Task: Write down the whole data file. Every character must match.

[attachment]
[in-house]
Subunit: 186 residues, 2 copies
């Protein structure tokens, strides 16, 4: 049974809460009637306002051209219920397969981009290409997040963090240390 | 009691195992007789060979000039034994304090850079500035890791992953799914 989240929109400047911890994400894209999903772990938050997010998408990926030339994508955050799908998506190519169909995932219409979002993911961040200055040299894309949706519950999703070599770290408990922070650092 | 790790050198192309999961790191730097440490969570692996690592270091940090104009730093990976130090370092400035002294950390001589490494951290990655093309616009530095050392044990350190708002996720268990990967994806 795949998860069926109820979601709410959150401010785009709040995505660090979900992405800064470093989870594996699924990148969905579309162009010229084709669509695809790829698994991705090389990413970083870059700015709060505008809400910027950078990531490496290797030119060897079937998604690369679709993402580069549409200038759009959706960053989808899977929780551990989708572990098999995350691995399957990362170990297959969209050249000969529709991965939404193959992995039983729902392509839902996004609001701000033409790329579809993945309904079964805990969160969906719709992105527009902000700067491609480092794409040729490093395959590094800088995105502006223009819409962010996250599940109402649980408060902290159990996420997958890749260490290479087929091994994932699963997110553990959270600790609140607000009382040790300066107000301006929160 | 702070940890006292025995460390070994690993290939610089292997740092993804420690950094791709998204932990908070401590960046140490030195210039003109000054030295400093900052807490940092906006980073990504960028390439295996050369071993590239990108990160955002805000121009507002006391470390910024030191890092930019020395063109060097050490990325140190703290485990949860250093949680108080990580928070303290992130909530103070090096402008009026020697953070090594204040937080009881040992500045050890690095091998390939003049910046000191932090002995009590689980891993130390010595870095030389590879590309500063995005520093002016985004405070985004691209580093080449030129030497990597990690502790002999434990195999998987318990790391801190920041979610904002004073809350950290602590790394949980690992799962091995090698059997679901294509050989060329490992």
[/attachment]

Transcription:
[in-house]
Subunit: 186 residues, 2 copies
């Protein structure tokens, strides 16, 4: 049974809460009637306002051209219920397969981009290409997040963090240390 | 009691195992007789060979000039034994304090850079500035890791992953799914 989240929109400047911890994400894209999903772990938050997010998408990926030339994508955050799908998506190519169909995932219409979002993911961040200055040299894309949706519950999703070599770290408990922070650092 | 790790050198192309999961790191730097440490969570692996690592270091940090104009730093990976130090370092400035002294950390001589490494951290990655093309616009530095050392044990350190708002996720268990990967994806 795949998860069926109820979601709410959150401010785009709040995505660090979900992405800064470093989870594996699924990148969905579309162009010229084709669509695809790829698994991705090389990413970083870059700015709060505008809400910027950078990531490496290797030119060897079937998604690369679709993402580069549409200038759009959706960053989808899977929780551990989708572990098999995350691995399957990362170990297959969209050249000969529709991965939404193959992995039983729902392509839902996004609001701000033409790329579809993945309904079964805990969160969906719709992105527009902000700067491609480092794409040729490093395959590094800088995105502006223009819409962010996250599940109402649980408060902290159990996420997958890749260490290479087929091994994932699963997110553990959270600790609140607000009382040790300066107000301006929160 | 702070940890006292025995460390070994690993290939610089292997740092993804420690950094791709998204932990908070401590960046140490030195210039003109000054030295400093900052807490940092906006980073990504960028390439295996050369071993590239990108990160955002805000121009507002006391470390910024030191890092930019020395063109060097050490990325140190703290485990949860250093949680108080990580928070303290992130909530103070090096402008009026020697953070090594204040937080009881040992500045050890690095091998390939003049910046000191932090002995009590689980891993130390010595870095030389590879590309500063995005520093002016985004405070985004691209580093080449030129030497990597990690502790002999434990195999998987318990790391801190920041979610904002004073809350950290602590790394949980690992799962091995090698059997679901294509050989060329490992």